Malaysia is currently in talks to ratify the Trans Pacific Partnership Agreement (TPPA) but there has been growing opposition to the deal due to its impact on procurement, medicines and business regulations in the country.

“The purpose of the TPP is to isolate China and you don’t want to do that to your main trading partner,” the prominent Malaysian economist said at the launch of his latest book in Kuala Lumpur.

The former University Malaya academic has worked as the United Nations Assistant Secretary-General for Economic Development in the United Nations Department of Economic and Social Affairs (DESA) since 2005.

Jomo said the trade agreement’s main purpose to isolate China became meaningless after the US narrowed its deficit against the Asian giant.

“The US dollar has devalued the last few years so the huge US deficit with China has closed,” he said after launching his book Malaysia@50 in Universiti Malaya.

“So now it’s yesterday’s problem. Why should we get stuck in such a policy and an agreement which was hatched up earlier?” he added.

The trade pact has been viewed as the US’s entry point into market dominance within Asia, which China sees as an attempt by Washington to overstep on the Chinese’ backyard.

The Wall Street Journal had quoted the former World Bank chief for China, Yukon Huang as saying the pact discouraged and complicated shipping of parts to and from Asian countries.

He pointed out the implication would affect China’s role as the final assembly point for electronic items whose parts are usually from other nations.

Jomo believed that instead of getting into trouble, the Malaysian government should be aware of the potential trade agreement between the US and the European Union.

“The bigger problem now is that the US and EU will come up with an economic NATO that’s going to weaken the WTO,” he said, referring to the North Atlantic Treaty Organisation defence pact and the World Trade Organisation.

Jomo expressed concern that a trade pact between Western nations would affect Malaysia’s exports, in particular palm oil which competes with other vegetable oils including the popular soya oil in the US.

“That’s why we need to keep multilateral agreements,” the economist said, explaining that such agreements allow Malaysia to have more control over negotiating the terms.

He also reasoned that Malaysia’s trade negotiators are inexperienced to deal with such a complex agreement, placing the country at a losing end at the bargaining table.

At the centre of the protests against the TPPA is concern that it would destroy the local and smaller enterprises. The agreement has appeared more favourable to foreign established firms that would have the technology and skills to receive tenders. While the awarding of contracts appear merit based, many are worried that Malaysia got the worst end of the deal.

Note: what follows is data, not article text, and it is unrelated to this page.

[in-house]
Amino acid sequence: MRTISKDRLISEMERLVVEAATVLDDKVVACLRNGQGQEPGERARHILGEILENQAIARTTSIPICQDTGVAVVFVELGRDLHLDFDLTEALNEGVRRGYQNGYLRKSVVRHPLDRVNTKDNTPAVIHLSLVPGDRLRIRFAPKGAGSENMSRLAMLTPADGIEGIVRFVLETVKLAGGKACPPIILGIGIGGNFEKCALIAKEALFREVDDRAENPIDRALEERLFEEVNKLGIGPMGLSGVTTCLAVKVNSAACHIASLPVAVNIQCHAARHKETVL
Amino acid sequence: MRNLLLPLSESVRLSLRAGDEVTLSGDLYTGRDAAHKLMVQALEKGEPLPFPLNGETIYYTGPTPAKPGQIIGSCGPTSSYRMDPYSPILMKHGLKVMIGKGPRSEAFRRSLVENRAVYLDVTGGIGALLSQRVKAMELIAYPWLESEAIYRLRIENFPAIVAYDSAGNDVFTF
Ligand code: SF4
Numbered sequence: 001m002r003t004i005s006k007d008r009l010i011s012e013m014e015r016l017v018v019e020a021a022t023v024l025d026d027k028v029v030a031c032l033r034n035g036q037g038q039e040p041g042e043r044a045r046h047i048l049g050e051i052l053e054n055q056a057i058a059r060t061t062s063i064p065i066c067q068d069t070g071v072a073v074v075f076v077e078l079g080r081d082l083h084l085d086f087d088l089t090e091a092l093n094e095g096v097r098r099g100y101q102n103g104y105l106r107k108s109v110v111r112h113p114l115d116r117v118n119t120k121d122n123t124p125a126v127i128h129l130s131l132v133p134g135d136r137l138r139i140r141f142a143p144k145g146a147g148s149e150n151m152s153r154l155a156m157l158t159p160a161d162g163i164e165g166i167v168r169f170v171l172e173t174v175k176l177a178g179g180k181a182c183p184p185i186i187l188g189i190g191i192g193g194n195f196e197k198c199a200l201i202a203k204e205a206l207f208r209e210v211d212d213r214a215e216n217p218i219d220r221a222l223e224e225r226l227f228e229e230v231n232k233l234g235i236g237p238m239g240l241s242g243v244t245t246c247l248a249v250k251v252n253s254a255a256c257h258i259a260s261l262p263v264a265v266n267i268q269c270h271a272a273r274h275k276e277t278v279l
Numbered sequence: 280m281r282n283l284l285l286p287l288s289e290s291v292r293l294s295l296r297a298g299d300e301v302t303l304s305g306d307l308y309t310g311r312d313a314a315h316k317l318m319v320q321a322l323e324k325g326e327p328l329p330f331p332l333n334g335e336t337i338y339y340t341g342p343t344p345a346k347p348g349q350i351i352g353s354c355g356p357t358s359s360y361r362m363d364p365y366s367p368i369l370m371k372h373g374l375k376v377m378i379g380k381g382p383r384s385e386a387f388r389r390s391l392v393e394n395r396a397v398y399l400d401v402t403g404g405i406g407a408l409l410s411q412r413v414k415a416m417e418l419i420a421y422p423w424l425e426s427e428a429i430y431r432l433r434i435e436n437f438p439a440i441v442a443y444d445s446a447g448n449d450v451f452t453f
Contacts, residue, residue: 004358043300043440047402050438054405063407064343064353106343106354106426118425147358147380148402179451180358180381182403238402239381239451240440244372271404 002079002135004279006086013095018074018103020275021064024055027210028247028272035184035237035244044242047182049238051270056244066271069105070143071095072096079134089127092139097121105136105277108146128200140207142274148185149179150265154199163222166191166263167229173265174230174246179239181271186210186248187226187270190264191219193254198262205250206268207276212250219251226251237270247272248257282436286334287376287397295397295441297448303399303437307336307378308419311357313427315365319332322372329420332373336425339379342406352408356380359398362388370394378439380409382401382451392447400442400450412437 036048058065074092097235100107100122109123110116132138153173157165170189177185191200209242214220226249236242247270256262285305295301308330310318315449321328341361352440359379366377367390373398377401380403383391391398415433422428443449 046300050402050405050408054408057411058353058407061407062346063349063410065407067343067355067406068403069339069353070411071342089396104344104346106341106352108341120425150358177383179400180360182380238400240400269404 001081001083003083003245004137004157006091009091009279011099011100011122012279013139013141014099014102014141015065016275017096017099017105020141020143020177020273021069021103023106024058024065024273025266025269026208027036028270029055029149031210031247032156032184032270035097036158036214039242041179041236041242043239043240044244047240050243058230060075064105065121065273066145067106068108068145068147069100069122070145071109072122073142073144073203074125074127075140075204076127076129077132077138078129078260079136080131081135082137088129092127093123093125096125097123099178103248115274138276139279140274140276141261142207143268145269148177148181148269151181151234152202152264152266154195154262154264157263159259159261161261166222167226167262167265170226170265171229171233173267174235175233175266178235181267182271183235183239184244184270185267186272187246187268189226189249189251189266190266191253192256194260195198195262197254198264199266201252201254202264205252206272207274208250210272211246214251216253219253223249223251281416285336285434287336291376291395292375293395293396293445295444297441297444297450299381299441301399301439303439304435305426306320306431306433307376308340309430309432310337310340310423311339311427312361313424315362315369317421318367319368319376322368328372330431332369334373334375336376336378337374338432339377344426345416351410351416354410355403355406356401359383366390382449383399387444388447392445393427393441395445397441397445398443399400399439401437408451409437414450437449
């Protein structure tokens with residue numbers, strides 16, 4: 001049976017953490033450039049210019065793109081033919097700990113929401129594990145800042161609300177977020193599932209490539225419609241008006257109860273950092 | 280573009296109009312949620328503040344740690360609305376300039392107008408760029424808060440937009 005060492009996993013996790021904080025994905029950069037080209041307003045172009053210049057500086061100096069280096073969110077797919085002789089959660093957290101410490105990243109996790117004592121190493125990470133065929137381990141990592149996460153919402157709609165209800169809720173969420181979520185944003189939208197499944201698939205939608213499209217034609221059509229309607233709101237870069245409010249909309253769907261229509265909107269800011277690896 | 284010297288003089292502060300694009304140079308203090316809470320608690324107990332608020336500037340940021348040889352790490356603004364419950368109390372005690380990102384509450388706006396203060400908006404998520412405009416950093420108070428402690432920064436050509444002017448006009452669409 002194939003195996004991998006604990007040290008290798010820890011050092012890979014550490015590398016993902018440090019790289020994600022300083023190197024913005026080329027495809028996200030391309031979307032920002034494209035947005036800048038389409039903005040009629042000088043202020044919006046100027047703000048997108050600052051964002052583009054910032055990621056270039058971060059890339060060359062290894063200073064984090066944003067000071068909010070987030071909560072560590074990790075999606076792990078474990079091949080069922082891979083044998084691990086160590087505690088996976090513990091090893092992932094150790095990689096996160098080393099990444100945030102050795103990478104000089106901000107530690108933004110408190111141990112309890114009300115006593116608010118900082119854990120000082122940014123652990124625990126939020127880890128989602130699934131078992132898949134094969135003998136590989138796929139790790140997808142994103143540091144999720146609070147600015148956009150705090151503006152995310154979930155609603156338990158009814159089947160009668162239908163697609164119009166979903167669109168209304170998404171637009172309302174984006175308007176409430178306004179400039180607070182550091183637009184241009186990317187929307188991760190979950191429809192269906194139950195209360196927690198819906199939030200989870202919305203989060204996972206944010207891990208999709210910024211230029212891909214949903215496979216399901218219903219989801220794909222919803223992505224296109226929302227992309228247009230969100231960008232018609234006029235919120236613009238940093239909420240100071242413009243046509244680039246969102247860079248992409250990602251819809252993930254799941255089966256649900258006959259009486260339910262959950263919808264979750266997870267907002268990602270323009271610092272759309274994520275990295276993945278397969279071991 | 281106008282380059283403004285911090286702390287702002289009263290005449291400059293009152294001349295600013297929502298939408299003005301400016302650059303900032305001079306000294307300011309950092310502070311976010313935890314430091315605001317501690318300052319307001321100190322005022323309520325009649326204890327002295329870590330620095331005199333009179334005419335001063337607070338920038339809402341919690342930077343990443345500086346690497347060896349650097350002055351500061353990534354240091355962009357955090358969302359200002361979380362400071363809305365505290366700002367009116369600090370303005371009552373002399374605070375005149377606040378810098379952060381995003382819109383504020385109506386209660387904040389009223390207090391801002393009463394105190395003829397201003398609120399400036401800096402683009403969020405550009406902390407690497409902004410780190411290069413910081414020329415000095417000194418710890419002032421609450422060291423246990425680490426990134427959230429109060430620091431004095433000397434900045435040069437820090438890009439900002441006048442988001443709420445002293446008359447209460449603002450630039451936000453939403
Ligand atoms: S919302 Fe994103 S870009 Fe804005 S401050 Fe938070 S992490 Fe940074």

“If this was an APEC deal, we have partners that are negotiable,” said Jomo, referring to the 21-member Asia-Pacific Economic Cooperation.

“But with bilateral agreements, what power does Malaysia have against other countries?” he added.

Apart from the TPPA, Malaysia is also involved in the negotiations for Regional Comprehensive Economic Partnership, another trade pact that includes China. It is between Southeast Asian nations, China, India, Australia, Japan, South Korea and New Zealand. - October 3, 2013

....of course Dr M is dead against the TPPA too:

Read this post too by Prof. Madya Mohammad Agus Yusoff:


Prof. Mohammad Agus Yusoff jawab

SAYA menerima banyak permintaan dari sahabat supaya menulis tentang Perjanjian Perkongsian Trans-Pasifik atau Trans-Pacific Partnership Agreement yang akan ditandatangani pada Oktober nanti. Pada mulanya saya tidak mahu menulis tentang isu ini kerana mahu serahkan kepada pakar ekonomi untuk menulis mengenainya. Tetapi apabila tidak ada ulasan yang saya harapkan, maka saya menulis juga untuk memberi pencerahan kepada kawan-kawan supaya kita semua tahu tentang inti Perjanjian ini dan kesannya kepada kita.

TPPA adalah perjanjian multilateral terikat yang melibatkan negara Asia Pasifik seperti Australia, AS, New Zealand, Kanada, Mexico, Chile, Brunei, Malaysia dan Vietnam. TPPA ini alah tentang liberalisasi pasaran di mana negara ahli bebas berniaga di pasaran negara ahli secara terbuka sesuai dengan konsep globalisasi.